Looking back now, it’s hard to recapture the complex mix of emotions that gripped Ohio State football fans during the 2002 season, but the story demands that we try to do so.
The team had made it through an undefeated season relying on a stout, deep, hard-hitting defense led by safety Mike Doss, the tough running of oft-injured, talkative, controversial freshman sensation Maurice Clarett, and the careful and clutch quarterbacking of Craig Krenzel. The Buckeyes had eked out hard-fought, nailbiter wins against Cincinnati, Wisconsin, Penn State, Purdue (thanks to the “Holy Buckeye!” play), Illinois (in overtime), and finally Michigan. The team had stared defeat squarely in the face on multiple occasions but had, somehow, always come out on top.
Running the table during the regular season was great . . . but the national media didn’t give the Buckeyes much credit. Some called them the “Luckeyes” and argued that they had barely beaten mediocre opponents. And the team that the Buckeyes would be playing in the national championship game would be the formidable Miami Hurricanes, possessors of an unbelievable 34-game winning streak. Miami had crushed Nebraska in the 2002 BCS National Championship game, and they were the overwhelming favorites to pulverize the Buckeyes in the 2003 game. And while Ohio State fans professed confidence, there was a strong undercurrent of nervous concern. Ohio State’s defense looked awfully strong, but what if the Big Ten offenses were just weak that year? If Ohio State fell behind Miami, how could the run-oriented offense possibly catch up? Could the game quickly turn into an embarrassing blowout?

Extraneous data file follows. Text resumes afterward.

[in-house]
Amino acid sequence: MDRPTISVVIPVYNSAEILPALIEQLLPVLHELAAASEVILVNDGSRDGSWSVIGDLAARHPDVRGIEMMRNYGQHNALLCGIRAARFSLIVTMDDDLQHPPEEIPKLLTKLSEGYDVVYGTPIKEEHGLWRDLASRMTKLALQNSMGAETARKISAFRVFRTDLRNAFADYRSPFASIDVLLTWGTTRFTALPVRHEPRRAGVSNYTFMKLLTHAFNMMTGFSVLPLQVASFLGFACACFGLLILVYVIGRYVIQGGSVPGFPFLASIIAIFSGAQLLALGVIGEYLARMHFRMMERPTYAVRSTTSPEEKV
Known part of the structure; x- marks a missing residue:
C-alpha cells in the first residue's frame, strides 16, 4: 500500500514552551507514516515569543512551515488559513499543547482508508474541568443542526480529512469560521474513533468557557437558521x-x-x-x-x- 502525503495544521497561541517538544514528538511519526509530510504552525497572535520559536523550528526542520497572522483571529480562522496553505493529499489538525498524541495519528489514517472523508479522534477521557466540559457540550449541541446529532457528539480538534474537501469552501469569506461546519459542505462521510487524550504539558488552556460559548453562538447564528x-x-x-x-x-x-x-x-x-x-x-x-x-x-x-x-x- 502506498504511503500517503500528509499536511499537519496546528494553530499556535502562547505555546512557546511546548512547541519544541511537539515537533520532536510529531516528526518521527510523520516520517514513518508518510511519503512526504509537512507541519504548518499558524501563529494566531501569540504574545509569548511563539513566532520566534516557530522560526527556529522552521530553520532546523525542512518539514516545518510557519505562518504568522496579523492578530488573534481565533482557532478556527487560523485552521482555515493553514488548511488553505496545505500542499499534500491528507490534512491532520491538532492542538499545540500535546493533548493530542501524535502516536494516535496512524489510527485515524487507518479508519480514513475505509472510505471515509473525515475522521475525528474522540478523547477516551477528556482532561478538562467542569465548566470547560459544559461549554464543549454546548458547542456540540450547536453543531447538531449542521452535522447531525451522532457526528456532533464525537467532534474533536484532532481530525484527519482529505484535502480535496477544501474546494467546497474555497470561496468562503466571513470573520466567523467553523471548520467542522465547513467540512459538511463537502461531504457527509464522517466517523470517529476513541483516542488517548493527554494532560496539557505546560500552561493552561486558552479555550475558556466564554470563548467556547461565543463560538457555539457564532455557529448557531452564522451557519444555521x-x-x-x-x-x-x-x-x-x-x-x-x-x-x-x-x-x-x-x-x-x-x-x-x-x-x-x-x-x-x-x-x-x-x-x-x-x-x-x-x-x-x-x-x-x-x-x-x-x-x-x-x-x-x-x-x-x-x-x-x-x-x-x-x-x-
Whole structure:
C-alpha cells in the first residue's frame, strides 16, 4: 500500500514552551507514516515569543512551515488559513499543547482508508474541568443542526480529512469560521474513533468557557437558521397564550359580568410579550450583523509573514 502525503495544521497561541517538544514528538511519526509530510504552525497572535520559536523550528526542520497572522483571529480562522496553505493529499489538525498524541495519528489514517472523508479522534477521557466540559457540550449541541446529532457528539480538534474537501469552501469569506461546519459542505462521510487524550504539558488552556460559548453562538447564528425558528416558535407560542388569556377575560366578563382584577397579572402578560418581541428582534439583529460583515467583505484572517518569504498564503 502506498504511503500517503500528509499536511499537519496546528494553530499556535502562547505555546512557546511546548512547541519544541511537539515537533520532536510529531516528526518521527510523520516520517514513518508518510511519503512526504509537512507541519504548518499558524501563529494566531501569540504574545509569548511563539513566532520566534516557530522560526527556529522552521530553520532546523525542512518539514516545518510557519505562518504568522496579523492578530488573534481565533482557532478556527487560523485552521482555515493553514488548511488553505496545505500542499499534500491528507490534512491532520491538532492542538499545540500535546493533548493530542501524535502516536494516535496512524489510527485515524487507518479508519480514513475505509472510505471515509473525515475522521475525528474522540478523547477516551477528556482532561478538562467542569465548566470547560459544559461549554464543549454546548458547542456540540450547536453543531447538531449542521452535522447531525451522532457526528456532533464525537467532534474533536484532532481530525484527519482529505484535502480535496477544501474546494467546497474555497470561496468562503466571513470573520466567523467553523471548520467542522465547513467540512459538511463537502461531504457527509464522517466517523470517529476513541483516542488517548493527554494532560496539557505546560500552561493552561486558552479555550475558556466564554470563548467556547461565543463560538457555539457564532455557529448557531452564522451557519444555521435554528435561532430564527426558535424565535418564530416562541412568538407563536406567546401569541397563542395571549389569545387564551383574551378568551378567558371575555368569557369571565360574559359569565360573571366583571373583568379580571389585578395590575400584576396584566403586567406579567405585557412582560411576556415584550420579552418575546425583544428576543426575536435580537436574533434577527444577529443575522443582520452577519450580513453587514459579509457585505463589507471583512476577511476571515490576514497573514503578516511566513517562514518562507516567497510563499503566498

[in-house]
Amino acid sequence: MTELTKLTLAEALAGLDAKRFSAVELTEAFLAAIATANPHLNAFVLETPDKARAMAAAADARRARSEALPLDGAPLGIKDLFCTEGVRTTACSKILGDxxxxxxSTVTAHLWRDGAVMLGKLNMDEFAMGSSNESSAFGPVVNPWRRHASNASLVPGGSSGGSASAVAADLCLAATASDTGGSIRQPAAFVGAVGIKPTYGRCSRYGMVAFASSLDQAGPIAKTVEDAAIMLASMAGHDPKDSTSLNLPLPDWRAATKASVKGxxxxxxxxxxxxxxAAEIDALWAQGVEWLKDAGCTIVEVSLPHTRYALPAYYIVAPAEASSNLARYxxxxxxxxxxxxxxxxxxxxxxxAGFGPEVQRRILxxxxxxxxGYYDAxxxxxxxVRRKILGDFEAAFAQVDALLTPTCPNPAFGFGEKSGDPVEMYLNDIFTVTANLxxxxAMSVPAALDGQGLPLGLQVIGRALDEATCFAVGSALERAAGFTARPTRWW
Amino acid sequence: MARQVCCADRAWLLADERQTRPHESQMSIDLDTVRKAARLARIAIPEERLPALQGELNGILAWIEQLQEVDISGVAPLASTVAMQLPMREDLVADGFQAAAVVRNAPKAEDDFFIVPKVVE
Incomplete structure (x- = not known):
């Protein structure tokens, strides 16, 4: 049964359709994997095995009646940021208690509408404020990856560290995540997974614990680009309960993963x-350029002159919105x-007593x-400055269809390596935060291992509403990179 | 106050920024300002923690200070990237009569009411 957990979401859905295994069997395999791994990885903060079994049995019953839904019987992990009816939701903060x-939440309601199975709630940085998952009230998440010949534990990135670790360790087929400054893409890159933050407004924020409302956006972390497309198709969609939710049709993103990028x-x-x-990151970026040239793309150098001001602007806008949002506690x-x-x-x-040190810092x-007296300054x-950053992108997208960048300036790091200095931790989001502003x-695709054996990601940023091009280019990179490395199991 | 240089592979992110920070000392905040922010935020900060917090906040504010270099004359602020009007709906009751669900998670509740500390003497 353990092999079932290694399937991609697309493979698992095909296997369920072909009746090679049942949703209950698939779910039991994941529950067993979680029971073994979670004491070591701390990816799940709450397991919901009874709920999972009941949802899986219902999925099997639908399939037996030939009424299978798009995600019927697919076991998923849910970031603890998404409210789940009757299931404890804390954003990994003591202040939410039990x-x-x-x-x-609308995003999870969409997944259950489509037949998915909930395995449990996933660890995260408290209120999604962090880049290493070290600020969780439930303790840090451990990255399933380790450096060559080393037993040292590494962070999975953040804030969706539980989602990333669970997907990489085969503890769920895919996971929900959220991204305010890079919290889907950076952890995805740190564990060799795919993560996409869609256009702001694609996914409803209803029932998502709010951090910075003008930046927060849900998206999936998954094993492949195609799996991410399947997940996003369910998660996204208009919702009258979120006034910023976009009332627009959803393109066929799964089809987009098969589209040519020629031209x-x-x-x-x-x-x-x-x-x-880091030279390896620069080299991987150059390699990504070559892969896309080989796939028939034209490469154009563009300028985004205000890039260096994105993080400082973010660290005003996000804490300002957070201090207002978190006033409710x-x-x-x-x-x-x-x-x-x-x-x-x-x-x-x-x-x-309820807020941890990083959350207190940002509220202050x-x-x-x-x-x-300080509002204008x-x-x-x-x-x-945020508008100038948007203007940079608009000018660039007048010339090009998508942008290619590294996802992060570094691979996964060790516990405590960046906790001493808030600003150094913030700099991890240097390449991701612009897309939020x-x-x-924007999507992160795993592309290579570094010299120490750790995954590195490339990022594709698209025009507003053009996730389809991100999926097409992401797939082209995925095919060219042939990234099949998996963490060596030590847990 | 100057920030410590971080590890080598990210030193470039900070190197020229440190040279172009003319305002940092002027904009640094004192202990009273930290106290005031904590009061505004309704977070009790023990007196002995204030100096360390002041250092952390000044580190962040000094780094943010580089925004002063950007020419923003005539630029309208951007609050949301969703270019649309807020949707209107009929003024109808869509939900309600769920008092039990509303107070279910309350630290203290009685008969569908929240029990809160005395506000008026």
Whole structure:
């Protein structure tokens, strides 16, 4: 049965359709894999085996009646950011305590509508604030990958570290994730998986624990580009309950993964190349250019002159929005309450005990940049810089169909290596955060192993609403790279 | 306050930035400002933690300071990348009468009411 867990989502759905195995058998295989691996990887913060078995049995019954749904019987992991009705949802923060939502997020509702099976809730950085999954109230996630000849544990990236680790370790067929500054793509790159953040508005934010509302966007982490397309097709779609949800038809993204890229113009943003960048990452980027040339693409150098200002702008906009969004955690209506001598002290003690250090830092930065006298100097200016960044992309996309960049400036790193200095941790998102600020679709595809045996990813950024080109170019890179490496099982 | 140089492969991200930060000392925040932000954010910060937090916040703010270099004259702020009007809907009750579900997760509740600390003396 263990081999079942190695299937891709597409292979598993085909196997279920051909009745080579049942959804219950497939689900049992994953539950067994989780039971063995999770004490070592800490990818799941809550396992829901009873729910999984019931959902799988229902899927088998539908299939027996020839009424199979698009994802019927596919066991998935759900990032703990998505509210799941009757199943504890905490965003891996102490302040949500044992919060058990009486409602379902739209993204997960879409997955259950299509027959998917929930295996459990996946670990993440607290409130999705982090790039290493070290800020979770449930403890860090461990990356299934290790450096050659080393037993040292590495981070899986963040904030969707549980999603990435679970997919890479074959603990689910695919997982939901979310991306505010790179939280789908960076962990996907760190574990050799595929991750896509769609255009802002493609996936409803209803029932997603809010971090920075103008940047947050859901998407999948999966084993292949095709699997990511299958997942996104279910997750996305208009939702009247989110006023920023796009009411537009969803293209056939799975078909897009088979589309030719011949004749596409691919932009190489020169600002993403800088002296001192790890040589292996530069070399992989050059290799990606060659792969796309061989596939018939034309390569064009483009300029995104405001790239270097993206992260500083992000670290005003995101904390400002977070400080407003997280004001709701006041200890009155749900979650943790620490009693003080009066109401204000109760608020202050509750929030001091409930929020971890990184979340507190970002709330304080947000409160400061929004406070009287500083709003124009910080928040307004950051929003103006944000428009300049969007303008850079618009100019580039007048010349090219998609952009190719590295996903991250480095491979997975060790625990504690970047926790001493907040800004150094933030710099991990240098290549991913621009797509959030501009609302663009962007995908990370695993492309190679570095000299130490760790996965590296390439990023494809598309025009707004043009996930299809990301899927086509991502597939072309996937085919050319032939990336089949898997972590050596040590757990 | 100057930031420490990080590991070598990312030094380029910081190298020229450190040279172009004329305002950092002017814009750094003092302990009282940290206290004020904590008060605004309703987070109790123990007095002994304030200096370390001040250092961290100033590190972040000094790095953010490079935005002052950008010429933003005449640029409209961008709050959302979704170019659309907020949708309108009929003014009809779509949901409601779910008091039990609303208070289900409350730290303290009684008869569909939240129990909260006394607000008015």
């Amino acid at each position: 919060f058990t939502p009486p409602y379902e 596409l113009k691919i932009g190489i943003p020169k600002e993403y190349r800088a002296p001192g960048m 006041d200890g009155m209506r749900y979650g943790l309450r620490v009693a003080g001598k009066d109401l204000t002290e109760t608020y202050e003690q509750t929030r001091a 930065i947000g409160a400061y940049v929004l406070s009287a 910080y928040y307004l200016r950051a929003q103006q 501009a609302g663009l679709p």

So, Ohio State fans had to make a decision on whether to go to the game or not. It would, of course, be a costly exercise to get tickets and travel to and from Tempe, Arizona. But it also would be the first time the Buckeyes would play for the national championship since 1968, when I was 11 years old. Who knew whether it would ever happen again? Even if there was a chance of humiliation at the hands of the Hurricanes (and their fans), there also were other, more important considerations at play — like really supporting your team, and putting your money where your mouth is, and perhaps having a chance to share in what would no doubt be a sweet, always-to-be-cherished memory of an historic triumph.
So, Russell and I decided to put all fears aside and give it a go.